A late-life marriage with adult children can bring about changes in income and death benefits, which may cause stress and uncertainty for the children. Adult children are sure to have questions about what the future arrangements will look like, such as – Will the family home end up going to the new partner? Will the previous decisions/discussions around inheritance be changed?
Some older couples may feel dividing assets ‘equally’ among all of their children seems fair, but each parent’s biological children are unlikely to agree. Older children whose parents re-partner or start a second family that includes younger children and/or new biological children can often feel cut off financially.
TIP: Experts who work with couples with adult step/children often advise having frank discussions and even consultation with a trust and/or estates lawyer to consider different options and lessen the likelihood of confusion, dashed expectations or anger over inheritance issues.
Less support all around
Research on European couples conducted by De Jong Gievald & Peters (2003) indicates that re-partnering may hurt the biological parent-child relationship resulting in less family support for both biological parents and their adult children.
There is also some evidence that stepcouples with adult stepchildren live further away from their children geographically, see their children less often and have lower-quality relationships than biological parents. This can mean that adult children whose parents re-partner find themselves transitioning through adulthood receiving and providing less parental support.
Older stepparents have been found to give less advice and household help, provide less companionship to adult stepchildren and receive less support from them. Ganong & Coleman (2006) also found that adult stepchildren are perceived to have fewer obligations to their stepparents than to their biological parents, which may impact on the level of support provided and received.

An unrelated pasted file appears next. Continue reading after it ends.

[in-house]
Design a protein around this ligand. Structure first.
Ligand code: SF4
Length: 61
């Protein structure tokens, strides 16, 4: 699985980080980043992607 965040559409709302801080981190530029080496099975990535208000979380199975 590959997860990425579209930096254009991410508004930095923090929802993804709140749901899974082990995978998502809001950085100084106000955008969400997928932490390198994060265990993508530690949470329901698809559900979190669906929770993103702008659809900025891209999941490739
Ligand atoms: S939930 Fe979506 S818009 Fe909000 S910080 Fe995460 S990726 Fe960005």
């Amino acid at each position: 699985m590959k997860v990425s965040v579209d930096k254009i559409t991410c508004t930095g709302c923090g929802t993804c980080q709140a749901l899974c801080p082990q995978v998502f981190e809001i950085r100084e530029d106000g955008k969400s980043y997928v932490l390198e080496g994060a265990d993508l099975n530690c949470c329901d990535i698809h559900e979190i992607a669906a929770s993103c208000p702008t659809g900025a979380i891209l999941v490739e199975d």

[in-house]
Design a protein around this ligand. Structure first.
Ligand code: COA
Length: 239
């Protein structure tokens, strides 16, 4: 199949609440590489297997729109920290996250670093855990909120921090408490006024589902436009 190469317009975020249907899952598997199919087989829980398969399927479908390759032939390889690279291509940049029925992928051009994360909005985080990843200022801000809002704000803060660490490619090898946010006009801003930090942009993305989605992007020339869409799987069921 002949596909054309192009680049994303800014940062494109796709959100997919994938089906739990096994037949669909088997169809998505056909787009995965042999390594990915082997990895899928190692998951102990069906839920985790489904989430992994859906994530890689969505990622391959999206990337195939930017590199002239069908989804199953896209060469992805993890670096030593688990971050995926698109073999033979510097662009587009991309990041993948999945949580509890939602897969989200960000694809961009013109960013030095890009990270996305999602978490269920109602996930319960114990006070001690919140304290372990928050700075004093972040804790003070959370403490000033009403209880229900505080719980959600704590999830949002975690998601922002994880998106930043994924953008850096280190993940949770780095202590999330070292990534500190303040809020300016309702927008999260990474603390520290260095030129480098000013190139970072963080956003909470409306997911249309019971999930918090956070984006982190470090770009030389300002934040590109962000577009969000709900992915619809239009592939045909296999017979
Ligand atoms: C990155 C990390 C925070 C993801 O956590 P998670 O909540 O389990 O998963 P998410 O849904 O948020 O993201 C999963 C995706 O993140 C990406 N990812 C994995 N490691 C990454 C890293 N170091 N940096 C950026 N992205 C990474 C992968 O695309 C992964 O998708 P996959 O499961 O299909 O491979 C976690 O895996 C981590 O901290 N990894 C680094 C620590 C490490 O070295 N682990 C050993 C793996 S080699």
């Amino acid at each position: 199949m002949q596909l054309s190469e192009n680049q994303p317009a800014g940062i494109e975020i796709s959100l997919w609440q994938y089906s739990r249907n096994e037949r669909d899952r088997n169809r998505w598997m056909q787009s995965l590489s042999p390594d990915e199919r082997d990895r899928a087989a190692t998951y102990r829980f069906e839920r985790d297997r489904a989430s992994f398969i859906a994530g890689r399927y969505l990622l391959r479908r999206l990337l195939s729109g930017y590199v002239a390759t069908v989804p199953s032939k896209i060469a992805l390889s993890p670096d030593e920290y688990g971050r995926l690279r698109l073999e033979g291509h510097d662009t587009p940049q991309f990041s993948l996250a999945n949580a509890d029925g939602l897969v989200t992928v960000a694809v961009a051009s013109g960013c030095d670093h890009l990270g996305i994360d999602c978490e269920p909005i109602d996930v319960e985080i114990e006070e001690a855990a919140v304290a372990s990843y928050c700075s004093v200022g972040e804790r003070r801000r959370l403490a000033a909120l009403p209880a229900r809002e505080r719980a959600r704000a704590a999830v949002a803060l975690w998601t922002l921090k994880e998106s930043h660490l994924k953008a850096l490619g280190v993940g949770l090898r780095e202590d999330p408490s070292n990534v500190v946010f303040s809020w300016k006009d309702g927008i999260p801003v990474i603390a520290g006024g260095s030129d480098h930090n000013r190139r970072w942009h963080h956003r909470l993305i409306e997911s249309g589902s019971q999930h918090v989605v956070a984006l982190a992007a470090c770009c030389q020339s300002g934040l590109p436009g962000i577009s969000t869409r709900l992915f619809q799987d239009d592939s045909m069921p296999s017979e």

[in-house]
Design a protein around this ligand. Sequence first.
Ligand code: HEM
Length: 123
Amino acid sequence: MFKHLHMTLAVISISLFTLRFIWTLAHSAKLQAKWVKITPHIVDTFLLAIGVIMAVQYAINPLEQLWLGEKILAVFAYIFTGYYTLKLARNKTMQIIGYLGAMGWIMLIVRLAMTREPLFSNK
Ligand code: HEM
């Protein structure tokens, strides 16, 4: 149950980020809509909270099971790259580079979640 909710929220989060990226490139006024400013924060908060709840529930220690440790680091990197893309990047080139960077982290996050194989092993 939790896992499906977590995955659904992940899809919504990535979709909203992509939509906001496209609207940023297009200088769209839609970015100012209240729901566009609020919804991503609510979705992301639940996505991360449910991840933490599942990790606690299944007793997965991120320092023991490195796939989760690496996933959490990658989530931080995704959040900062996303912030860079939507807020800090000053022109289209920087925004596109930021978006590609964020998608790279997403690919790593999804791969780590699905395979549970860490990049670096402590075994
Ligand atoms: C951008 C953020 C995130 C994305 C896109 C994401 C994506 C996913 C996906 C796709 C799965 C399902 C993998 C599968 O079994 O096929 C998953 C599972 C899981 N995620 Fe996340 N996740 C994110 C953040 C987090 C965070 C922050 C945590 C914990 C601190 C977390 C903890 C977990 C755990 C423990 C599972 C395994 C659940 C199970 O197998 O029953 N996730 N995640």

TIP: Social and family connections are important for wellbeing – both for aging parents, stepparents and adult children.
Parents and adult children should work to maintain the same level of interaction that occurred prior to the parent’s forming a new relationship. New stepparents can help by supporting and encouraging these connections.
We’d love to hear your experiences and any tips/strategies you have for managing relationships in stepfamilies with adult children in the comments below.
Generally when we talk about stepparent-stepchildren relationships it’s from the adult perspective – not the kids. The research into stepfamilies over the years has also tended to follow the trend of an adult focus.
What’s been missing from these conversations is the children’s view.
The reality is that positive stepparent-stepchild relationships actually predict stepfamily stability. In fact, Dr Claire Cartwright from the University of Auckland found in her research that stepparent-stepchild relationships not only impact on how stepparents feel about themselves, but they also affect a stepchild’s self-esteem and the closeness of the step-couple relationship. The relationship you and your stepchild have with each other really does matter – for all of you.
Researchers at the University of North Carolina conducted a systemic review of the available research to find out what children who live in stepfamilies believe makes or breaks a relationship between a stepchild and their stepparent. And, we think it’s important information to share because every stepparent knows their stepkids have a significant role in the stepfamily and play a big part in how bumpy (or not) stepfamily life may be.
Children in stepfamilies tell us there are 4 practical things that their biological parent can do to help them feel closer to their stepparent:
1. Be a role model of respect in the home.
2. Help create positive moments between the stepparent & stepchild.
3. Don’t bad-mouth the other parent.
4. Allow the kids to decide what to call their stepparent.
Close ties between children and their biological parent have also been found to have a positive impact on the stepparent-stepchild relationship in the home. In other words, the better the relationship between your stepchild and your partner the more likely your relationship with your stepchild is going to be a good one. Providing that one-on-one time for your partner and their kids actually helps you get along better with your stepkids. You taking that time to establish a self-care routine or do something fun for yourself is an added (and needed!) bonus.